January 1893, Babbacombe Cliff
My Own Boy,
Your sonnet is quite lovely, and it is a marvel that those red-roseleaf lips of yours should be made no less for the madness of music and song than for the madness of kissing. Your slim gilt soul walks between passion and poetry. I know Hyacinthus, whom Apollo loved so madly, was you in Greek days. Why are you alone in London, and when do you go to Salisbury? Do go there to cool your hands in the grey twilight of Gothic things, and come here whenever you like. It is a lovely place and lacks only you; but go to Salisbury first.
Always, with undying love,
So wrote Oscar Wilde to his lover Lord Alfred Douglas, known as Bosie to his family and intimates. It is in all respects a beautiful letter and illustrates Wilde’s romantic and idealised image of the young man who would lead, ultimately to his downfall.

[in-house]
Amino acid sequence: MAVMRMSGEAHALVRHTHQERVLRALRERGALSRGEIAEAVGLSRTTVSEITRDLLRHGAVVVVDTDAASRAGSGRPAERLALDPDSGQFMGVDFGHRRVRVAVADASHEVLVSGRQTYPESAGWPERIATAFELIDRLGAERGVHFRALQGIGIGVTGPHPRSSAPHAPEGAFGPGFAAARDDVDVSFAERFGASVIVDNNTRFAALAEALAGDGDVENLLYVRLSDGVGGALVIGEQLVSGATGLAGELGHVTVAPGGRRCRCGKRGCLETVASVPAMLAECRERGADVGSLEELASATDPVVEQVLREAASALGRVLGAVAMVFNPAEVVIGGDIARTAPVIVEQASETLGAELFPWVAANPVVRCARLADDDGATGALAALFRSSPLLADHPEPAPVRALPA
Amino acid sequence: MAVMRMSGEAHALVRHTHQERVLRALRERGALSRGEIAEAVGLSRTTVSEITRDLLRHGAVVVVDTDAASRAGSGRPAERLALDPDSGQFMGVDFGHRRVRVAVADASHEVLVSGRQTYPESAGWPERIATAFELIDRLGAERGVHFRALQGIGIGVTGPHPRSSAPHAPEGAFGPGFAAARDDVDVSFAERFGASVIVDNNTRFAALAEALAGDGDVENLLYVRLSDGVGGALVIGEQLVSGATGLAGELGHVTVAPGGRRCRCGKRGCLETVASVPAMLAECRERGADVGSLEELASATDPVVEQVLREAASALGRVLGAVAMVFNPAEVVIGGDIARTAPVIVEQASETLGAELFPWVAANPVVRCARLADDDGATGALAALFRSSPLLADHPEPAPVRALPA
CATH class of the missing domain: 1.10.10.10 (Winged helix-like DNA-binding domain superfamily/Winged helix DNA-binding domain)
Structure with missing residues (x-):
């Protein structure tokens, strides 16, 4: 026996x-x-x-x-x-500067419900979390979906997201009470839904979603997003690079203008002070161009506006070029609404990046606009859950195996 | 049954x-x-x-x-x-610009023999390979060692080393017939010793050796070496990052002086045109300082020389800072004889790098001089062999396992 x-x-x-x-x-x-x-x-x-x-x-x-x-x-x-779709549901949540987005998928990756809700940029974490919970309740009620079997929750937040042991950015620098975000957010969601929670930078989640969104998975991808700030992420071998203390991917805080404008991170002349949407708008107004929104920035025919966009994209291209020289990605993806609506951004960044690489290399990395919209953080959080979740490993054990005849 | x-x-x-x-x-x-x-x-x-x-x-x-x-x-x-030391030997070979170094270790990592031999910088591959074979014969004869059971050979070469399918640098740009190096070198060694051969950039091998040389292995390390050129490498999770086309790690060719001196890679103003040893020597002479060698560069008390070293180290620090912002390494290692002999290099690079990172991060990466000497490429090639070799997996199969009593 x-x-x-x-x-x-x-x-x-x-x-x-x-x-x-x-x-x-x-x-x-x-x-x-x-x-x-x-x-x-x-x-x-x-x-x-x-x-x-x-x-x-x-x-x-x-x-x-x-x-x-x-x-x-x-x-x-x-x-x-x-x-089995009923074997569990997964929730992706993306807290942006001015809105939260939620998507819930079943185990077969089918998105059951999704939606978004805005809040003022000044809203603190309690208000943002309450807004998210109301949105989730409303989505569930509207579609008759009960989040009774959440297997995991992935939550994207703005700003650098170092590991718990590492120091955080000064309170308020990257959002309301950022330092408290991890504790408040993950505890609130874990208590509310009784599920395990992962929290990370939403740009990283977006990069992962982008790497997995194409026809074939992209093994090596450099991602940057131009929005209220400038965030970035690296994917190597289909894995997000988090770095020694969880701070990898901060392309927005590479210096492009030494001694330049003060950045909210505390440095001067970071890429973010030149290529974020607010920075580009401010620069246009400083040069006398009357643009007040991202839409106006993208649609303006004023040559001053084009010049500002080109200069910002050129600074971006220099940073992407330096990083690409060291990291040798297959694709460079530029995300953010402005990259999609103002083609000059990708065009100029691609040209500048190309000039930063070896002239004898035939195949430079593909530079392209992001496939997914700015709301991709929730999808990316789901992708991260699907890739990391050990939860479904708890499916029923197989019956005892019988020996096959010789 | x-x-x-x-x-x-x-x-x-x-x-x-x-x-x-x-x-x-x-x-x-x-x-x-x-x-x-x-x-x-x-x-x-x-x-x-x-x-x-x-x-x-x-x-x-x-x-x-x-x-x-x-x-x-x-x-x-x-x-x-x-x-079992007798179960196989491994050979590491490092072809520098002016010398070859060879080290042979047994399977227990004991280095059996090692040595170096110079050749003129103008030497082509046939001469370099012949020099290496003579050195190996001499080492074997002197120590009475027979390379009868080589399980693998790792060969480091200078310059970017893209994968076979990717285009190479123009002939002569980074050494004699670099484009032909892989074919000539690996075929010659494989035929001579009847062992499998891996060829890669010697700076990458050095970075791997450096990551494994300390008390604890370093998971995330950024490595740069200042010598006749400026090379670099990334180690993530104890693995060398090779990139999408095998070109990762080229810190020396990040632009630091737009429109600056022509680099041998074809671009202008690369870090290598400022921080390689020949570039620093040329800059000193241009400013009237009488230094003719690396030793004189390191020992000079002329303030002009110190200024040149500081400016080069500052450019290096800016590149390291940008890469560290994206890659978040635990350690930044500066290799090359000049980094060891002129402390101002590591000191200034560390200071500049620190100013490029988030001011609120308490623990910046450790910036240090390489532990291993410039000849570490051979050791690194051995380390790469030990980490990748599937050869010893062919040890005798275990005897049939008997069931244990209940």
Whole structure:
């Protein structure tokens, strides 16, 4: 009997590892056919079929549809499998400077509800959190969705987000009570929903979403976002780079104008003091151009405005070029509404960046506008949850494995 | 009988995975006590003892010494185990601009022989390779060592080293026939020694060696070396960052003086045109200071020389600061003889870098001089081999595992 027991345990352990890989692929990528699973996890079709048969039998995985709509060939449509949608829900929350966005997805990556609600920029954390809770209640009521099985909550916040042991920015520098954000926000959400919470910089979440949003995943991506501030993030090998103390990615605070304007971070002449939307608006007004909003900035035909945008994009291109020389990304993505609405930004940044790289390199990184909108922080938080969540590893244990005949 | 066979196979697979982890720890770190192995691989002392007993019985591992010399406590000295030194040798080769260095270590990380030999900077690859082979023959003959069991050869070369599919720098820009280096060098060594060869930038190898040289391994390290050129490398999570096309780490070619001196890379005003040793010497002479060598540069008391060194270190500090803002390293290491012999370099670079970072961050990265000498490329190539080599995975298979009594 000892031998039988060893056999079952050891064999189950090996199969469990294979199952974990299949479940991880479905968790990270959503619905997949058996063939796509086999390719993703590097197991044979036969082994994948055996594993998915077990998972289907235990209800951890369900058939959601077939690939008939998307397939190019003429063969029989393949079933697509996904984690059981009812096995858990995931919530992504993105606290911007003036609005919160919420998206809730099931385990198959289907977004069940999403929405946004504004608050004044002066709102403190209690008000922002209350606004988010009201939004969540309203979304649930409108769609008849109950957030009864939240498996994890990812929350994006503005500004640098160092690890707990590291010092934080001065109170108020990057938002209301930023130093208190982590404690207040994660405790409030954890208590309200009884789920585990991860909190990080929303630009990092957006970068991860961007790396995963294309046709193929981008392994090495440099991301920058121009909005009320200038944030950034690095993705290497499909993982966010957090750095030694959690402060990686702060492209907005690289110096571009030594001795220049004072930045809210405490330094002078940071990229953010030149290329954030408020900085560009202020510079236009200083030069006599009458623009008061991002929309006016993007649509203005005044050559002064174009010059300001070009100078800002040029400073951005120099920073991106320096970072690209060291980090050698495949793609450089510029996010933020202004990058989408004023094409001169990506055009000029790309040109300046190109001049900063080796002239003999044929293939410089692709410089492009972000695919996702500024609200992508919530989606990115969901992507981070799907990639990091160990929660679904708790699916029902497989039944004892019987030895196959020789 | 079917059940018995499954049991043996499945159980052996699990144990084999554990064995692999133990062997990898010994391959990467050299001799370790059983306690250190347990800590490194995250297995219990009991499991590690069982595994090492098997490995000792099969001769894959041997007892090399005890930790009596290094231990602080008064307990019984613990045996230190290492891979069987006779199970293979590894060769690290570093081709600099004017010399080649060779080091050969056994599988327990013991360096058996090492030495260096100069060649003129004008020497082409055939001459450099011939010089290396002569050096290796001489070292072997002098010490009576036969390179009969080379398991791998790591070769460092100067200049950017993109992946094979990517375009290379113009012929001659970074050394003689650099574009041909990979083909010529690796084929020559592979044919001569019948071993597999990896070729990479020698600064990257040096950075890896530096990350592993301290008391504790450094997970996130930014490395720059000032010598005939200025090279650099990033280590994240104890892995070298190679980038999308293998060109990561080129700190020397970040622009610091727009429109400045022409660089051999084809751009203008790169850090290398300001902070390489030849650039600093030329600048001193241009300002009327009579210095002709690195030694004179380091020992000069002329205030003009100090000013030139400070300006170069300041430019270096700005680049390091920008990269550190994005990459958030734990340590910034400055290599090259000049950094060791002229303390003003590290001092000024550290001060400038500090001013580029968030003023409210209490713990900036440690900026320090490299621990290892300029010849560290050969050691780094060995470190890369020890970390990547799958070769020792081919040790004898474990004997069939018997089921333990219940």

Wilde’s passion for Lord Alfred is made so vividly clear in his letters. Almost poetic in style, and frequently alluding to Greek myth and the Love of an older for a younger man. Indeed, at his trial,In 1895, Wilde described the letters as being Prose Poems.
One of Lord Alfred’s most famous poems, entitled Two Loves, frequently thought to be a euphemism for homosexuality contains these words;
Tell me why, sad and sighing, thou dost rove
These pleasant realms? I pray thee speak me sooth
What is thy name?’ He said, ‘My name is Love.’
Then straight the first did turn himself to me
And cried, ‘He lieth, for his name is Shame,
But I am Love, and I was wont to be
Alone in this fair garden, till he came
Unasked by night; I am true Love, I fill
The hearts of boy and girl with mutual flame.’
Then sighing, said the other, ‘Have thy will,
I am the Love that dare not speak its name.’
Wilde was sentenced to two years hard labour for gross indecency, serving his sentence in Reading Prison. Two years after his release he wrote The Ballad of Reading gaol which was inspired by his experiences there. But life in the prison had ruined his health and he died in poverty in 1900.